Espresso shots are “pulled.” The term is a holdover from when machines were lever operated.


A cup of brewed coffee with espresso.


Espresso pulled short — with less water — for a smaller, more concentrated drink.


Unpalatable green beans are heated to create complex flavors that are extracted during brewing.


Most small-batch roasters print the roast date on bags of coffee. The rule of thumb is that coffee should be used within two weeks, and some coffee bars won’t sell beans more than a week after they have been roasted.


Coffee beans ripen at different times of the year in different regions, and can appear in markets and coffee bars for limited times.


Coffee from a particular region, farm or area within a farm.


A coffeemaking device, using vacuum pressure and a series of vessels, that originated in the 19th century. It recently gained popularity in Japan and is being used more in the United States. Despite its complications, it is known for producing fruity, bright coffee.


Unusual devices imported from Japan with a glass sphere and a series of tubes and valves that make coffee with cold water in about 12 hours.


A high-tech single-cup coffee brewer introduced recently.


New Café Announcement

  • Steven Hodel
  • October 20, 2015

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Sumatra Espresso Coffee at Calusa Coffee Shop Fort Lauderdale

Great News Today at Calusa!!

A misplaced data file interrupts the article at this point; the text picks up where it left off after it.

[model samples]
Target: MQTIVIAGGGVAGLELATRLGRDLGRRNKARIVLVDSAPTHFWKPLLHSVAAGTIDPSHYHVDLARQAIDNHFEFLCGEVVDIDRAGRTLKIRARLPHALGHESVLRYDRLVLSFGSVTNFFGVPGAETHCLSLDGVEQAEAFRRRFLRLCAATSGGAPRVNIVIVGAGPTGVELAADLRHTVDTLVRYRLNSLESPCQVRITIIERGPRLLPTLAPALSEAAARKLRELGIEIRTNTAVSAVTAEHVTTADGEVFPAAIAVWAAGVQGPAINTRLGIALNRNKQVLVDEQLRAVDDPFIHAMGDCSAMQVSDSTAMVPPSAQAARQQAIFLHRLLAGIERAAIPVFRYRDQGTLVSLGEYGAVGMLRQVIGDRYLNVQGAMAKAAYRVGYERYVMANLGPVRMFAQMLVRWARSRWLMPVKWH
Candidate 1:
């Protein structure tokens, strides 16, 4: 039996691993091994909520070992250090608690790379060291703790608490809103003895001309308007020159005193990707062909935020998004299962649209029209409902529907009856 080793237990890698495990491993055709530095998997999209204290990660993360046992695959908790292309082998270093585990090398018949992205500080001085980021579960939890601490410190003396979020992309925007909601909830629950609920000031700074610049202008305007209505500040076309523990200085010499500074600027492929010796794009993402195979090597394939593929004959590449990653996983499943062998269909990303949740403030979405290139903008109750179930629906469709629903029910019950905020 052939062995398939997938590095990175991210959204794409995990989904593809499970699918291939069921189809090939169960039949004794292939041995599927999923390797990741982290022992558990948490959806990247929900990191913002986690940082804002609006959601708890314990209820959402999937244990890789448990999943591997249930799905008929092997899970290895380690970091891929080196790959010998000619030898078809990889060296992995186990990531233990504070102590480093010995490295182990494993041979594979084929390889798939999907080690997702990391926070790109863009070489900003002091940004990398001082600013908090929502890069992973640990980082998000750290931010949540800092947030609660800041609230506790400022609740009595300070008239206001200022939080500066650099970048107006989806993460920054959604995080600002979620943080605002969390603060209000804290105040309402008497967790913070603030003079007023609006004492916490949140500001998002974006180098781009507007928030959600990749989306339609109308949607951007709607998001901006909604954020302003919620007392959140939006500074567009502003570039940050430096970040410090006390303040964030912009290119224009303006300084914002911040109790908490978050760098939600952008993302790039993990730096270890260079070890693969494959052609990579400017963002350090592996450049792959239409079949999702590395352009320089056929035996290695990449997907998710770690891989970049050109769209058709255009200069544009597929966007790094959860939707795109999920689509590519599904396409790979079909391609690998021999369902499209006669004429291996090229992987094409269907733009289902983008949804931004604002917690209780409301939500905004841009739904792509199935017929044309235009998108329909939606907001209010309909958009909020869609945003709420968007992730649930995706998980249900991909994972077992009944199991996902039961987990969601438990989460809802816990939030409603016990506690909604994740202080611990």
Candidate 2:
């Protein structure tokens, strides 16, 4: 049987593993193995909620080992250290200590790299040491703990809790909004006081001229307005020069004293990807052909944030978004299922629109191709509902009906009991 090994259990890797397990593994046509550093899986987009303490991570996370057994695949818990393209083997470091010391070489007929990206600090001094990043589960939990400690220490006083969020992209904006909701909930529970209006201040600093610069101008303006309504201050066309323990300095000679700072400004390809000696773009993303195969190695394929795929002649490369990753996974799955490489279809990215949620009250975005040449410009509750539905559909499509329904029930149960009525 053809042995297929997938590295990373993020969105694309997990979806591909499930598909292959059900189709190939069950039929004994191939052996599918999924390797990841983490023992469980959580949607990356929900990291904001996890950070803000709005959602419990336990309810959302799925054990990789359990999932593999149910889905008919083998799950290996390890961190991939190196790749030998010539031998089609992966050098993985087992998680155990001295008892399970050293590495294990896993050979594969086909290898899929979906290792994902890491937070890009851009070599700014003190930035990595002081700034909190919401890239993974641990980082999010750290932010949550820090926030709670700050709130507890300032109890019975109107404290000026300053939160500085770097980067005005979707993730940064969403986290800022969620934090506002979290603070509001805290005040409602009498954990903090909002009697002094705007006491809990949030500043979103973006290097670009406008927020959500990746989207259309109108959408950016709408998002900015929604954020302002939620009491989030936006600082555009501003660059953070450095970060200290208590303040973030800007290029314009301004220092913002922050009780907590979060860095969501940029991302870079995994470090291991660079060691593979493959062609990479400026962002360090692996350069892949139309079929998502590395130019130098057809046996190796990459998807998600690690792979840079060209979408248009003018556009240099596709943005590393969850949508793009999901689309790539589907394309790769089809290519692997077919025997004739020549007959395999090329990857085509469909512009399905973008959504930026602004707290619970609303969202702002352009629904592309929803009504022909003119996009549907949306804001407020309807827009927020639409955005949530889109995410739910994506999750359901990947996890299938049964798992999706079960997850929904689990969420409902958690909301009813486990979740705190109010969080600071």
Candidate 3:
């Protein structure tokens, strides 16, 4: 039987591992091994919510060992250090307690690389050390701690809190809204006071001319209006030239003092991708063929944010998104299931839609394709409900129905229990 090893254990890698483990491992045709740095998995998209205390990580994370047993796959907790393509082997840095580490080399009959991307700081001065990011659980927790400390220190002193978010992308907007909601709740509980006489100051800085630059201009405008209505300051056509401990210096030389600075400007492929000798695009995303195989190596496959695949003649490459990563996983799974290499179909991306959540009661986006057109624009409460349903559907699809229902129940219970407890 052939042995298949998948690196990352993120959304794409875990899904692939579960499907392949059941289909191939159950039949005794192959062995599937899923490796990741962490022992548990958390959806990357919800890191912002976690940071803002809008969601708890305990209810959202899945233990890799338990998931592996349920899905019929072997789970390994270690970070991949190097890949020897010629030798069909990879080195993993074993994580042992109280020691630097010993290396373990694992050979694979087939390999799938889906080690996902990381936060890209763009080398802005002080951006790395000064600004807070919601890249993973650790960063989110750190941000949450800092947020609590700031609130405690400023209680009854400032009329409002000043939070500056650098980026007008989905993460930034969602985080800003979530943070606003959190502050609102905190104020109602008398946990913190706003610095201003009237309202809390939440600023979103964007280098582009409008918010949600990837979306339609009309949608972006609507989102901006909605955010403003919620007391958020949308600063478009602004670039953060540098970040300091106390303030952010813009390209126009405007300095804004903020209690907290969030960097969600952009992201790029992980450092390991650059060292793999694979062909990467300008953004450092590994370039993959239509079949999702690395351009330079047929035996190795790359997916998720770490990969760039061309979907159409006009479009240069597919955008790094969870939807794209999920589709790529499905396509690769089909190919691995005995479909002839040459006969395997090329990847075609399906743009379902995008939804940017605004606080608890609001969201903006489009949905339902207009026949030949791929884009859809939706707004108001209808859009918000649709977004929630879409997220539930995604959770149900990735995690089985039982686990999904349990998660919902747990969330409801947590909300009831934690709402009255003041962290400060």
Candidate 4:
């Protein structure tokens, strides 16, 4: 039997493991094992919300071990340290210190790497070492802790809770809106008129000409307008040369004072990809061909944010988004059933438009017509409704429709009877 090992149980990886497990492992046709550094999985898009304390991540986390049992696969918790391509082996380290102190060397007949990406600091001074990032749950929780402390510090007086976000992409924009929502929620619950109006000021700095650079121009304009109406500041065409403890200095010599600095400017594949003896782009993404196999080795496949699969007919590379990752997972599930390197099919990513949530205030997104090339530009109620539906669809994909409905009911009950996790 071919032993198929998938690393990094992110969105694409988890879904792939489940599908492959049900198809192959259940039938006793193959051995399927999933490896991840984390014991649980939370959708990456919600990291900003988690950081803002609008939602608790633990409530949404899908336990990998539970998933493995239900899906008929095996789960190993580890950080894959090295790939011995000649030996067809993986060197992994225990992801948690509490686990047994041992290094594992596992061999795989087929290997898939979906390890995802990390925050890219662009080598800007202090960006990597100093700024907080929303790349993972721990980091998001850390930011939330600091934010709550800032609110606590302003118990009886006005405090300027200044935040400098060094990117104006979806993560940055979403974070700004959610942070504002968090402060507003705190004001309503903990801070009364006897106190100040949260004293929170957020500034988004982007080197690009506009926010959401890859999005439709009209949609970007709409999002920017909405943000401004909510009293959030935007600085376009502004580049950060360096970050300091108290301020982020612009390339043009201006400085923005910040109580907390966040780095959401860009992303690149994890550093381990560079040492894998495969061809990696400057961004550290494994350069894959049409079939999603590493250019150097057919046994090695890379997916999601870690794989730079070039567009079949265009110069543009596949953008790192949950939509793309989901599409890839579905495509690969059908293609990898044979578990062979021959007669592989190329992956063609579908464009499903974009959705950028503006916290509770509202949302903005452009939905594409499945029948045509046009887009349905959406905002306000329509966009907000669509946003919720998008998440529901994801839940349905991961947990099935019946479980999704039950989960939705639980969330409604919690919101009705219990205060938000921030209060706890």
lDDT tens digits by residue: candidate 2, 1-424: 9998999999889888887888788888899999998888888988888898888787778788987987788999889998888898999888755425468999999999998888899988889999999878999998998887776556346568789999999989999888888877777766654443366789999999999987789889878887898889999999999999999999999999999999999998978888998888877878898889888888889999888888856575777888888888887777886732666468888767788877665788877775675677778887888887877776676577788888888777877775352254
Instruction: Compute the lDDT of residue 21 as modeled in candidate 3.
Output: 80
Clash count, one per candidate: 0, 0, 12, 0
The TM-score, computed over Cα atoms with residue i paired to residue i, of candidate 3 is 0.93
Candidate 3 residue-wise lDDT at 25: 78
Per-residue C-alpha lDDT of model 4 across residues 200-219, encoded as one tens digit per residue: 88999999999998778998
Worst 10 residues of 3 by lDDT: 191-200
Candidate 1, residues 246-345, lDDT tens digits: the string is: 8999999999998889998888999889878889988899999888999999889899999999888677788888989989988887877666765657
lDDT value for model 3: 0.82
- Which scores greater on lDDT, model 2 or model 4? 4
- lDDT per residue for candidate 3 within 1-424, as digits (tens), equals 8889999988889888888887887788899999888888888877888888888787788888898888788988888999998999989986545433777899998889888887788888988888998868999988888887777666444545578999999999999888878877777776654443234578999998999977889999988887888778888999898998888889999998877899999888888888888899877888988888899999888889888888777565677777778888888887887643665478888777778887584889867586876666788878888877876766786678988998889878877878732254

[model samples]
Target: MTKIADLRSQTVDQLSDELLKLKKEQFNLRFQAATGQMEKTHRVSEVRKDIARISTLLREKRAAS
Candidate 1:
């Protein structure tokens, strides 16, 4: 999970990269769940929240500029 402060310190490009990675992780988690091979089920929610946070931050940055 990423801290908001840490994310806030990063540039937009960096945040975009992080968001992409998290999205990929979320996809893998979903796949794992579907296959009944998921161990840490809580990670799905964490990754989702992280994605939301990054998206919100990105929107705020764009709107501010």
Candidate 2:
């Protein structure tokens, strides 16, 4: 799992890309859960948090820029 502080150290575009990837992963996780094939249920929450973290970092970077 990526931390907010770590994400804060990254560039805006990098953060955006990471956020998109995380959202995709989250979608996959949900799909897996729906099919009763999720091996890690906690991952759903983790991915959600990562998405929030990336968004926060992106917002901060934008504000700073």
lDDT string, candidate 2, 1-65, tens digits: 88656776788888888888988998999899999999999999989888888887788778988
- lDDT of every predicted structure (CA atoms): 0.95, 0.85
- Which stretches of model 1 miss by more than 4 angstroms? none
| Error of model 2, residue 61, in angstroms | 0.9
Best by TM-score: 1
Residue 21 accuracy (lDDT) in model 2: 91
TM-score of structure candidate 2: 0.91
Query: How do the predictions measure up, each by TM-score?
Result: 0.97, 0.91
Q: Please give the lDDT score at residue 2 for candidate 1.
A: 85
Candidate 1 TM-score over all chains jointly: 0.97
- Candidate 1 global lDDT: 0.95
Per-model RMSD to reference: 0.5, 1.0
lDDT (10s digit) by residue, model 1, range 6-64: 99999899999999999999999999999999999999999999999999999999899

Looking for a local coffee shop ? We are pleased to announce that we have officially opened our cafe in the same place as our coffee roasting operation. We are calling it the Calusa Cafe, or we may sometimes refer to it as Calusa Coffee House but either way come on by and enjoy a cup of fresh roasted coffee!

It will not be the fanciest coffee house in Fort Lauderdale but you will get a great cup of coffee at a great price and served by the friendliest people in town.

Due to our new adventure we are changing our hours of operation and will now be open Monday through Friday from 7:00 a.m. to 3:00 p.m and Saturdays and Sundays from 8:00am to 12:00pm.

We’ll be offering our full coffee menu including: Espressos, Lattes and Cappuccinos. We will also have a daily drip brew.

Of course we will still have our bags of coffee for those who prefer to have there coffee at home.

For those driving to see us, the easiest approach is via I95 as we are just east of 95 on the north side of the road in between 6th and 9th avenue. If you are coming from Federal Hwy just head west about 2 miles and we are on right hand side. The exact address is 161 East Commercial Blvd, zip 33334

We’re pretty excited about our new cafe and after months of planning, four to five days of intense construction and renovation we are ready to go! Come on by and take a look for yourself!

rancilio Calusa Coffee Roasters Cafe Calusa Coffee Blend Condiment bar at Calusa Coffee Roasters Coffee Counter at Calusa Coffee Roasters Colombia Coffee at Calusa Coffee Roasters


Fair Trade Africa Coffee

  • Steven Hodel
  • September 20, 2015

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A short coffee film on Fair Trade Africa and an organization dedicated to uniting fair trade producers across Africa and helping them connect to consumers worldwide.